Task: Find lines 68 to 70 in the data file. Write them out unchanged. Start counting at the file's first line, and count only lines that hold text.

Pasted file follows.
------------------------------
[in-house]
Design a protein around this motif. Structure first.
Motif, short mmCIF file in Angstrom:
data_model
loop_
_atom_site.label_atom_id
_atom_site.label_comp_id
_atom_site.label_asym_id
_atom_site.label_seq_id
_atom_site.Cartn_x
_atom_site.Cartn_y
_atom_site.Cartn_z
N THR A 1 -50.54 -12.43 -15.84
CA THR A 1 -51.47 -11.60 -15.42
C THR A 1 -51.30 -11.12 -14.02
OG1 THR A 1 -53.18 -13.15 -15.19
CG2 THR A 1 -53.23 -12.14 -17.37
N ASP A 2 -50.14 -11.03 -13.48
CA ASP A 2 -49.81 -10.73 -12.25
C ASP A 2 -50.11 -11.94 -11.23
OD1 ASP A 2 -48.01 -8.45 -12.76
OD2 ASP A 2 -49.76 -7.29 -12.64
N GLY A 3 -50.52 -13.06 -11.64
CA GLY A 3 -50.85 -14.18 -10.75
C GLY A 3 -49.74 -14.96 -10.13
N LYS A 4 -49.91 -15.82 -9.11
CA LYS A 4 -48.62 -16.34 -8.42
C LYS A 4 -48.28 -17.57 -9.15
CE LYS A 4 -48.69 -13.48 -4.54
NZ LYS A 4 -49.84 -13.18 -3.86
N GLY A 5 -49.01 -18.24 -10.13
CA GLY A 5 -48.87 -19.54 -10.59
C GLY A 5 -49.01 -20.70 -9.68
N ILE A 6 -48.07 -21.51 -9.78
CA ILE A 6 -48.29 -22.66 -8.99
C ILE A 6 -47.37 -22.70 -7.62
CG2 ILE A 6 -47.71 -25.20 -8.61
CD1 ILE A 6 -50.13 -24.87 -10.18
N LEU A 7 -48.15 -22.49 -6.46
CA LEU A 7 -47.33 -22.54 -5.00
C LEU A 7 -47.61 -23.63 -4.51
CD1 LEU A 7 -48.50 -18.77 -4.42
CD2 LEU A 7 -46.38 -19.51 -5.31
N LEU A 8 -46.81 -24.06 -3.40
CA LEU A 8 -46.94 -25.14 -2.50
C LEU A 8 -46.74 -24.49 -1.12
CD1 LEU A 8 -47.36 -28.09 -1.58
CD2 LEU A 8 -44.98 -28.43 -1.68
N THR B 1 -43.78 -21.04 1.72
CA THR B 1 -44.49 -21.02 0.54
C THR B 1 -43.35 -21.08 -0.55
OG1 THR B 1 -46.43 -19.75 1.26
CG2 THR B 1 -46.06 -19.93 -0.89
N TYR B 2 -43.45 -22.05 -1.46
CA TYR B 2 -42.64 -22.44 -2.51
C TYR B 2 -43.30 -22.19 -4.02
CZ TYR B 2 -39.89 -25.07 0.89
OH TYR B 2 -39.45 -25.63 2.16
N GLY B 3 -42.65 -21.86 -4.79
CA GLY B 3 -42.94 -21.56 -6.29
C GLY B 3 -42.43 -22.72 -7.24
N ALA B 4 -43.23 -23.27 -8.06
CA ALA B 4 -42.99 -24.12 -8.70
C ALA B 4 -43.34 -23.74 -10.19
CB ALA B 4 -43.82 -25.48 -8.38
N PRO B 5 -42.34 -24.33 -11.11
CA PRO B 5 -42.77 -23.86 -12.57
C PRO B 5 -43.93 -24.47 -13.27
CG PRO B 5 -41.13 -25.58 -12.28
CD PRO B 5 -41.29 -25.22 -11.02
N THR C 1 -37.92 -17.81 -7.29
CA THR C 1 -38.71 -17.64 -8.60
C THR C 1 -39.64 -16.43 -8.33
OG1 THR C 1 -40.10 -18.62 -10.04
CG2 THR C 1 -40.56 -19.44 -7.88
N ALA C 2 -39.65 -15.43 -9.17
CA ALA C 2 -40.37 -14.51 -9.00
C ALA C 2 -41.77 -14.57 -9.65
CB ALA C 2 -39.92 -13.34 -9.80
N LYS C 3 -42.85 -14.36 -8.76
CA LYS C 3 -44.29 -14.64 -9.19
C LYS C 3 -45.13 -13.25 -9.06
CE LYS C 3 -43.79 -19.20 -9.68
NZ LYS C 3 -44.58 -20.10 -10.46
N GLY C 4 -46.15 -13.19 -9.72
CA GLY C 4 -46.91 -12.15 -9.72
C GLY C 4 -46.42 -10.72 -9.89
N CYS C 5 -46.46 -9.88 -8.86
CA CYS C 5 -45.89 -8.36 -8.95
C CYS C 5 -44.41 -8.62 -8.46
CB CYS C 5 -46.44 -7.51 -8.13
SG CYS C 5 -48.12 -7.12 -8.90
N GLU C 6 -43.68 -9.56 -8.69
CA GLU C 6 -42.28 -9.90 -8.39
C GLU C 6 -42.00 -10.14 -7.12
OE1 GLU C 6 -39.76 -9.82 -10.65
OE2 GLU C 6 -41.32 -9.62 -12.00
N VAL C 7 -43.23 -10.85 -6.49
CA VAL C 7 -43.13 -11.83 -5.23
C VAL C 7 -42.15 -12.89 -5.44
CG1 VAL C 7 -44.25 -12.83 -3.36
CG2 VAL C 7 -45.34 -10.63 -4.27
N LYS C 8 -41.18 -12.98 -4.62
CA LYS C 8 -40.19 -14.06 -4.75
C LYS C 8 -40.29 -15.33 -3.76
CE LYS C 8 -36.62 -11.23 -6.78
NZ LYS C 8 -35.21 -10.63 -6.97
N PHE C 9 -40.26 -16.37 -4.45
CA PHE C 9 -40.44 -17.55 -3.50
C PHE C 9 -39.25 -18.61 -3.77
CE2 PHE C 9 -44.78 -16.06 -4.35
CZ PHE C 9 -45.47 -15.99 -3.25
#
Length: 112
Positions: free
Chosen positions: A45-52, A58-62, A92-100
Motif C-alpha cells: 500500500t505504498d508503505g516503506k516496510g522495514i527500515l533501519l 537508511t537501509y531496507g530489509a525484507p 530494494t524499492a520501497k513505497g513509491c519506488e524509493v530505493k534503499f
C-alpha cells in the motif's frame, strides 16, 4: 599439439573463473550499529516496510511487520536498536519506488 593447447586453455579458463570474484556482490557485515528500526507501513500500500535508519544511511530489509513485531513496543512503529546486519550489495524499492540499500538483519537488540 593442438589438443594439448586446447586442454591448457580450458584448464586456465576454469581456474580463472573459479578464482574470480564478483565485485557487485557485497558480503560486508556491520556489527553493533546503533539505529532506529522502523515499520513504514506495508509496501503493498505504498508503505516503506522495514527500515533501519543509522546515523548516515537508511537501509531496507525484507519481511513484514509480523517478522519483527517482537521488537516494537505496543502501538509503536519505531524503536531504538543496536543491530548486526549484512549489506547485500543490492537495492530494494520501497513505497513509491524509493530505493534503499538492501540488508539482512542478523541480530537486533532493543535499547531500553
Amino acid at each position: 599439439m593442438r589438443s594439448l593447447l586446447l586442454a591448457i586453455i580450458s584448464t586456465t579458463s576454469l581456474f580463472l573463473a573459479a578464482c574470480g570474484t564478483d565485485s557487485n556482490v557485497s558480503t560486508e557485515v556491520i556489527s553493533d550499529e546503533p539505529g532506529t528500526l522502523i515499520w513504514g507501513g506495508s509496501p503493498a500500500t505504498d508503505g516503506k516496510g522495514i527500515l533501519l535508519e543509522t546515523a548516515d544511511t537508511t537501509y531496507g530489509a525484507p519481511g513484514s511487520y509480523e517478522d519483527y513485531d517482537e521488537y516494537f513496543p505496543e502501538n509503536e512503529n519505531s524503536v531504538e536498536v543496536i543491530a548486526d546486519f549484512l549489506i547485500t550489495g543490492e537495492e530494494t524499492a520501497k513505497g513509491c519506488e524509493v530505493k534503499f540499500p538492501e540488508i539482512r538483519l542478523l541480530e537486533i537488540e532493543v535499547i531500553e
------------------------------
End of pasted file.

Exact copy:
C PRO B 5 -43.93 -24.47 -13.27
CG PRO B 5 -41.13 -25.58 -12.28
CD PRO B 5 -41.29 -25.22 -11.02